Why Iowa?


John and I recently become reverse snowbirds. Leaving the warmth of sunny Southern California behind to try our first cold winter together in Iowa. It makes people curious enough to ask, “Why would you do that?!”

First, you would have to see and experience the remote lake area where we live. Peaceful, beautiful, and teeming with wildlife. There is nothing quite like waking up to watch a couple of young deer frolicking across the lawn, or grabbing the camera to take a photo of a majestic bald eagle perched in a neighbor’s tree, or endeavoring to look up that strange creature we unexpectedly saw run across the back porch (a rarely seen bobcat). We’ve lost count of the number of animals that frequent our property, but it includes turkey, geese, raccoons, blue jays, cardinals, orioles, goldfinches, woodpeckers, otter, beavers, muskrats, badgers, squirrels, chipmunks (affectionately called “squinnies” in Iowa), foxes, turtles, snakes, and even evil looking bats.

Second, you would have to experience watching an Iowa storm move in across the lake, in all its radiant glory, with lightening igniting the sky. It takes your breath away at the very least, and at the most, can make you wonder if your windows are going to hold back the forces of nature as you lay on the floor hiding behind a large piece of furniture.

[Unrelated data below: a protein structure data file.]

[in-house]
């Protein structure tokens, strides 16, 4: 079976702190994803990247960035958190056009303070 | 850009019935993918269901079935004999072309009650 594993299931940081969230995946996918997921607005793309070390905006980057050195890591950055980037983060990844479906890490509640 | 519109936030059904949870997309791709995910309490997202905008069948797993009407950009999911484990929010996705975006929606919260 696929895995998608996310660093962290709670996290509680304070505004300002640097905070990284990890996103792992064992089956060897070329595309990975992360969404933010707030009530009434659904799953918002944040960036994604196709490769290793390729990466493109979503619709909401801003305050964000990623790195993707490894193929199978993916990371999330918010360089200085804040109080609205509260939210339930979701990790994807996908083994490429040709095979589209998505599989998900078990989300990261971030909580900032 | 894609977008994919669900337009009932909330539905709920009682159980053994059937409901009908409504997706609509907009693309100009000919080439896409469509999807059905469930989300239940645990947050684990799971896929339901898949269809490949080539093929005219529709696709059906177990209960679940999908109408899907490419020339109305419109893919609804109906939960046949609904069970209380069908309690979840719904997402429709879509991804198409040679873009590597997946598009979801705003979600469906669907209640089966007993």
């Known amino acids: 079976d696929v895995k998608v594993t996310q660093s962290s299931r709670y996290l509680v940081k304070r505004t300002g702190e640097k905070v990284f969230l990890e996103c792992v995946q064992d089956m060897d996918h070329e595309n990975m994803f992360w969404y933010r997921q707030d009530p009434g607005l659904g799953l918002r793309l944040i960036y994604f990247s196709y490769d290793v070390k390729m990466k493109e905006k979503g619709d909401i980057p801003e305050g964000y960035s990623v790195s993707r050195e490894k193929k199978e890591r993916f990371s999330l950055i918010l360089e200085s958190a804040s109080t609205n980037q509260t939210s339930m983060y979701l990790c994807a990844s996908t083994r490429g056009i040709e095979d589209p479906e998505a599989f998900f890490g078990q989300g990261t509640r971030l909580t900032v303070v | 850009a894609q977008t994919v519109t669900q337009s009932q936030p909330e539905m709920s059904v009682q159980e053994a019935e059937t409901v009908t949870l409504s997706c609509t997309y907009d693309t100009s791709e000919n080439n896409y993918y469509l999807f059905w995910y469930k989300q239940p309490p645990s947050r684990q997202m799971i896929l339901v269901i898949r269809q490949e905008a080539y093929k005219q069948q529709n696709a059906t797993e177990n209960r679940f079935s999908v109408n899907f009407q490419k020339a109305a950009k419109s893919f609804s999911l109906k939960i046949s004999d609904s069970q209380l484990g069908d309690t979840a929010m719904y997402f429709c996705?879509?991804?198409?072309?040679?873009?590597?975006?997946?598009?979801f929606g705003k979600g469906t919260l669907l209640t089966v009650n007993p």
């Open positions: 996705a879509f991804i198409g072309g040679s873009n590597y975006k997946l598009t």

Third, and maybe I should have listed first, is the people. Good, hard-working, easy-going, friendly Midwestern folks with a gift of shooting the breeze and talking about the weather. There is hardly any “rushing.” Coming from the hustle and bustle of living in busy Southern California, it is refreshing to have a small town Iowa grocery clerk actually make eye contact and ask you what you are going to make with that avocado you are purchasing. We get a kick out of the two-finger wave and nod almost all drivers on dirt roads give to each other while driving.

Ultimately, we decided it was just time for a change. A new season in our life. It wasn’t an easy decision. Our daughters are still back in California. But they are grown and developing their own lives now, blossoming into beautiful young ladies. We plan to still see them frequently. It wasn’t easy leaving our home church, the church where we got married, the church that sent us on our first teaching mission trip. But near or far, they will remain close in our hearts, like all our brothers and sisters in Christ all over the world. We have a new home church now where we can already see God doing great things.